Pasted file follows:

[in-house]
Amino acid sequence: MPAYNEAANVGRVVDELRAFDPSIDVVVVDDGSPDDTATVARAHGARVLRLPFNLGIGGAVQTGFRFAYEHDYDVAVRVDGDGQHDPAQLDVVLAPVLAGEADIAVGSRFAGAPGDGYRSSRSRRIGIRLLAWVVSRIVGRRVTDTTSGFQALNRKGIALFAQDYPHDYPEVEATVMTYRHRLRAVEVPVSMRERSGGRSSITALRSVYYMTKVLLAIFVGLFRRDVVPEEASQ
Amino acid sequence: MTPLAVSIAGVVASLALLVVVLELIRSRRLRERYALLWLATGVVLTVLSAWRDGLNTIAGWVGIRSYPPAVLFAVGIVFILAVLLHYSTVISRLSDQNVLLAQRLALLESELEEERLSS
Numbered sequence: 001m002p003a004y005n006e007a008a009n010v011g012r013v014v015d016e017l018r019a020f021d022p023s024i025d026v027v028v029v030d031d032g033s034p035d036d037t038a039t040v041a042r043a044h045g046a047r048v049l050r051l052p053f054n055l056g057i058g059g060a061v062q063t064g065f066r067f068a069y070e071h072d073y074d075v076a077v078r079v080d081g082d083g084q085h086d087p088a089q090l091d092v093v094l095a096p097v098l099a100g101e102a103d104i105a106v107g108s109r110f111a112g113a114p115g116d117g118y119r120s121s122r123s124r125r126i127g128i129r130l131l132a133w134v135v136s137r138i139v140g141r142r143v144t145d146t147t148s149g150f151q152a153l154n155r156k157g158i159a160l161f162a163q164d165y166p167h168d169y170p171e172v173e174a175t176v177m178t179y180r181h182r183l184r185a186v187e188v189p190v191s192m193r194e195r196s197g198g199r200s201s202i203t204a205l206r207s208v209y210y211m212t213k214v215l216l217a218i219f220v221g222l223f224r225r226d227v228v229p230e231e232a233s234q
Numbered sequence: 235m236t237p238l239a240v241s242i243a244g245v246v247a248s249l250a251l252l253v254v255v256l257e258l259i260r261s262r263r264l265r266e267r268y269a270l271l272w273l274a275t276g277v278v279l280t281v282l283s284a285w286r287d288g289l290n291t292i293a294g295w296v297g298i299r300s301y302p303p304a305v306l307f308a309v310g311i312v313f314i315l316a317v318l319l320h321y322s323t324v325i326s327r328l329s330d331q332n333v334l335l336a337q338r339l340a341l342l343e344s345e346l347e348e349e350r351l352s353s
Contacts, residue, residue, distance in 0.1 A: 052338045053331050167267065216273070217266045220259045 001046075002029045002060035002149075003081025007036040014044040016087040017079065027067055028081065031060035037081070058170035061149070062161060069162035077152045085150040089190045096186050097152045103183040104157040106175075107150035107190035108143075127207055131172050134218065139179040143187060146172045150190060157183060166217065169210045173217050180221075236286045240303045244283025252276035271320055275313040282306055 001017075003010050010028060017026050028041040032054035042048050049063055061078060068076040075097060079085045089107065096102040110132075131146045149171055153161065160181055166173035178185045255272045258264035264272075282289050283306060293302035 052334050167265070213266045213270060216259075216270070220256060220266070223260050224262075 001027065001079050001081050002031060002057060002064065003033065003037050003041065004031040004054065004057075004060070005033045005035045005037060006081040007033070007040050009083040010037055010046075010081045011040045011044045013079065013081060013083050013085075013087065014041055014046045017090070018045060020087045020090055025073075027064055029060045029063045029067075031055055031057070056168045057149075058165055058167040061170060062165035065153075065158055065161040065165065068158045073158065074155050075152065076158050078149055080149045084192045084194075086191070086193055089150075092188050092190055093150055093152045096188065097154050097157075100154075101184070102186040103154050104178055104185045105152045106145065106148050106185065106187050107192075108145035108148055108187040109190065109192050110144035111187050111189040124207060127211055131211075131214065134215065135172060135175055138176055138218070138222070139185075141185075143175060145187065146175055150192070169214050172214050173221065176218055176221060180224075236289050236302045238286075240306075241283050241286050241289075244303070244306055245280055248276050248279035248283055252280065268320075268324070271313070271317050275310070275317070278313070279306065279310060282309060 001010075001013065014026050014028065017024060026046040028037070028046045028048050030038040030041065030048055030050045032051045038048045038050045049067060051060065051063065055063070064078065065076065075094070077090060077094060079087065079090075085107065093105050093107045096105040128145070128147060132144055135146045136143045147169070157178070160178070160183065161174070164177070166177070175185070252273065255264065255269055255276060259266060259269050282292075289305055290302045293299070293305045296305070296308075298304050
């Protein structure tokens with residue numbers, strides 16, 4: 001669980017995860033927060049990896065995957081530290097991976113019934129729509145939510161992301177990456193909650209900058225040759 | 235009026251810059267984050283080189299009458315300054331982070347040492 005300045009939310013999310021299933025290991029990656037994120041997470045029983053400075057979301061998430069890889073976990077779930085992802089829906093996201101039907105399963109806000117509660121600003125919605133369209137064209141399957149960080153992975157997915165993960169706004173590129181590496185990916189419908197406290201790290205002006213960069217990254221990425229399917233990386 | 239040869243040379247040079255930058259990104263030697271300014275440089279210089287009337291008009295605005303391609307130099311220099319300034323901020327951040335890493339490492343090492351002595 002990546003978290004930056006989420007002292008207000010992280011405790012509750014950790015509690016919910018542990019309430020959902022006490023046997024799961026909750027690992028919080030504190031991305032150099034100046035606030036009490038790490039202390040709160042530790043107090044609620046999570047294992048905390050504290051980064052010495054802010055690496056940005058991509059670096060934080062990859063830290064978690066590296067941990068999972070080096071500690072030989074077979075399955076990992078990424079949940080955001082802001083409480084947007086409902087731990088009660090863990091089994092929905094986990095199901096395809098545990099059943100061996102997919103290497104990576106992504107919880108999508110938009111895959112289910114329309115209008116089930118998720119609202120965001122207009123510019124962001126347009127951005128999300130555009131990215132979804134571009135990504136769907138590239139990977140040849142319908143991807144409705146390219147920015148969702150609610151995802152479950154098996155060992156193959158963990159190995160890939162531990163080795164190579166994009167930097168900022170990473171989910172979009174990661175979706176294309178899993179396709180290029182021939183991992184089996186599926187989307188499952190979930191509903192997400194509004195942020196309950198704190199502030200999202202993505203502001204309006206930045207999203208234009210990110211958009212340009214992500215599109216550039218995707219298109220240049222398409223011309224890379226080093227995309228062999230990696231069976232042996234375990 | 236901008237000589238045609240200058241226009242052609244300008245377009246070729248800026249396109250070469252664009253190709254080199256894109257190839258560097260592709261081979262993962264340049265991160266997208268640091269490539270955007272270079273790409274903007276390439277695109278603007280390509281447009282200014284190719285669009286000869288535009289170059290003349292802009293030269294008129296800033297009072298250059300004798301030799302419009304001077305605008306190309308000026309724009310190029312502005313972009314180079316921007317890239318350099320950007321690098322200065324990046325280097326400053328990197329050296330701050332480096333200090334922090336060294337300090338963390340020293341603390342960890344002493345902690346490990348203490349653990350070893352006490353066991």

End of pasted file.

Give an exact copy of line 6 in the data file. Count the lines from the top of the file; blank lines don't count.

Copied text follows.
Contacts, residue, residue, distance in 0.1 A: 052338045053331050167267065216273070217266045220259045 001046075002029045002060035002149075003081025007036040014044040016087040017079065027067055028081065031060035037081070058170035061149070062161060069162035077152045085150040089190045096186050097152045103183040104157040106175075107150035107190035108143075127207055131172050134218065139179040143187060146172045150190060157183060166217065169210045173217050180221075236286045240303045244283025252276035271320055275313040282306055 001017075003010050010028060017026050028041040032054035042048050049063055061078060068076040075097060079085045089107065096102040110132075131146045149171055153161065160181055166173035178185045255272045258264035264272075282289050283306060293302035 052334050167265070213266045213270060216259075216270070220256060220266070223260050224262075 001027065001079050001081050002031060002057060002064065003033065003037050003041065004031040004054065004057075004060070005033045005035045005037060006081040007033070007040050009083040010037055010046075010081045011040045011044045013079065013081060013083050013085075013087065014041055014046045017090070018045060020087045020090055025073075027064055029060045029063045029067075031055055031057070056168045057149075058165055058167040061170060062165035065153075065158055065161040065165065068158045073158065074155050075152065076158050078149055080149045084192045084194075086191070086193055089150075092188050092190055093150055093152045096188065097154050097157075100154075101184070102186040103154050104178055104185045105152045106145065106148050106185065106187050107192075108145035108148055108187040109190065109192050110144035111187050111189040124207060127211055131211075131214065134215065135172060135175055138176055138218070138222070139185075141185075143175060145187065146175055150192070169214050172214050173221065176218055176221060180224075236289050236302045238286075240306075241283050241286050241289075244303070244306055245280055248276050248279035248283055252280065268320075268324070271313070271317050275310070275317070278313070279306065279310060282309060 001010075001013065014026050014028065017024060026046040028037070028046045028048050030038040030041065030048055030050045032051045038048045038050045049067060051060065051063065055063070064078065065076065075094070077090060077094060079087065079090075085107065093105050093107045096105040128145070128147060132144055135146045136143045147169070157178070160178070160183065161174070164177070166177070175185070252273065255264065255269055255276060259266060259269050282292075289305055290302045293299070293305045296305070296308075298304050